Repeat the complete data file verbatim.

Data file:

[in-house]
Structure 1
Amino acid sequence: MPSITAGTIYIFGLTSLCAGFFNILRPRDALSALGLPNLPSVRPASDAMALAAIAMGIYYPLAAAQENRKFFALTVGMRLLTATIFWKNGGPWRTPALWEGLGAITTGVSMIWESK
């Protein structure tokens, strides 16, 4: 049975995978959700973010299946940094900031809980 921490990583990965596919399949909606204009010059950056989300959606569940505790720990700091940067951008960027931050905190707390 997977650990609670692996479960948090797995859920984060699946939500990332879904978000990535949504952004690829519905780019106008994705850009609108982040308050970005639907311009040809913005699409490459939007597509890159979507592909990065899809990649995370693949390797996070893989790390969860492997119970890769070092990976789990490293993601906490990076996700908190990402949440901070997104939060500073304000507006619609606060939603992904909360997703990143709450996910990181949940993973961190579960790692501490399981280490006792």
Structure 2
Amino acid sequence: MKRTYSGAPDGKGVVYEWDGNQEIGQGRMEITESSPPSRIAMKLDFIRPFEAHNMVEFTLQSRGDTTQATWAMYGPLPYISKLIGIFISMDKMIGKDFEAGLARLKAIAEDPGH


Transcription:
[in-house]
Structure 1
Amino acid sequence: MPSITAGTIYIFGLTSLCAGFFNILRPRDALSALGLPNLPSVRPASDAMALAAIAMGIYYPLAAAQENRKFFALTVGMRLLTATIFWKNGGPWRTPALWEGLGAITTGVSMIWESK
């Protein structure tokens, strides 16, 4: 049975995978959700973010299946940094900031809980 921490990583990965596919399949909606204009010059950056989300959606569940505790720990700091940067951008960027931050905190707390 997977650990609670692996479960948090797995859920984060699946939500990332879904978000990535949504952004690829519905780019106008994705850009609108982040308050970005639907311009040809913005699409490459939007597509890159979507592909990065899809990649995370693949390797996070893989790390969860492997119970890769070092990976789990490293993601906490990076996700908190990402949440901070997104939060500073304000507006619609606060939603992904909360997703990143709450996910990181949940993973961190579960790692501490399981280490006792």
Structure 2
Amino acid sequence: MKRTYSGAPDGKGVVYEWDGNQEIGQGRMEITESSPPSRIAMKLDFIRPFEAHNMVEFTLQSRGDTTQATWAMYGPLPYISKLIGIFISMDKMIGKDFEAGLARLKAIAEDPGH